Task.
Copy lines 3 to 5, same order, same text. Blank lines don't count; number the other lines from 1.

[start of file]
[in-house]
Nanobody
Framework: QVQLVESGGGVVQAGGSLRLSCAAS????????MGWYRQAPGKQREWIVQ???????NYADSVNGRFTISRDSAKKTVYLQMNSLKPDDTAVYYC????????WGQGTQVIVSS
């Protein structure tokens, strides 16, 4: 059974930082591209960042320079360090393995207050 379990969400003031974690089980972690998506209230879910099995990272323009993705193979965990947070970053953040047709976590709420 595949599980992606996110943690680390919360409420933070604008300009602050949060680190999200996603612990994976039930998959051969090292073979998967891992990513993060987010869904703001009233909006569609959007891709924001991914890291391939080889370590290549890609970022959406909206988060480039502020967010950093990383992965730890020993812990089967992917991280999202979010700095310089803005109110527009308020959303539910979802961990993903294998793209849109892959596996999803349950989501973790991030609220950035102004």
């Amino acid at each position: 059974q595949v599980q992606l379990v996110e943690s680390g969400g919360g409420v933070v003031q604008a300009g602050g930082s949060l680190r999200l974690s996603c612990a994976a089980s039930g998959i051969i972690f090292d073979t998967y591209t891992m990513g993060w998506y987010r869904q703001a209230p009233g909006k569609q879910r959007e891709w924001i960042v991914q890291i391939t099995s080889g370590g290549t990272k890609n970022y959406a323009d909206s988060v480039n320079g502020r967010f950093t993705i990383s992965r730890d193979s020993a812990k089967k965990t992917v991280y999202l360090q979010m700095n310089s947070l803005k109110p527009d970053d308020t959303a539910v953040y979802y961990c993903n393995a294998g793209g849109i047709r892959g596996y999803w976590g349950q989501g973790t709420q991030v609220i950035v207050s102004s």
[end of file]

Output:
Framework: QVQLVESGGGVVQAGGSLRLSCAAS????????MGWYRQAPGKQREWIVQ???????NYADSVNGRFTISRDSAKKTVYLQMNSLKPDDTAVYYC????????WGQGTQVIVSS
């Protein structure tokens, strides 16, 4: 059974930082591209960042320079360090393995207050 379990969400003031974690089980972690998506209230879910099995990272323009993705193979965990947070970053953040047709976590709420 595949599980992606996110943690680390919360409420933070604008300009602050949060680190999200996603612990994976039930998959051969090292073979998967891992990513993060987010869904703001009233909006569609959007891709924001991914890291391939080889370590290549890609970022959406909206988060480039502020967010950093990383992965730890020993812990089967992917991280999202979010700095310089803005109110527009308020959303539910979802961990993903294998793209849109892959596996999803349950989501973790991030609220950035102004």
């Amino acid at each position: 059974q595949v599980q992606l379990v996110e943690s680390g969400g919360g409420v933070v003031q604008a300009g602050g930082s949060l680190r999200l974690s996603c612990a994976a089980s039930g998959i051969i972690f090292d073979t998967y591209t891992m990513g993060w998506y987010r869904q703001a209230p009233g909006k569609q879910r959007e891709w924001i960042v991914q890291i391939t099995s080889g370590g290549t990272k890609n970022y959406a323009d909206s988060v480039n320079g502020r967010f950093t993705i990383s992965r730890d193979s020993a812990k089967k965990t992917v991280y999202l360090q979010m700095n310089s947070l803005k109110p527009d970053d308020t959303a539910v953040y979802y961990c993903n393995a294998g793209g849109i047709r892959g596996y999803w976590g349950q989501g973790t709420q991030v609220i950035v207050s102004s």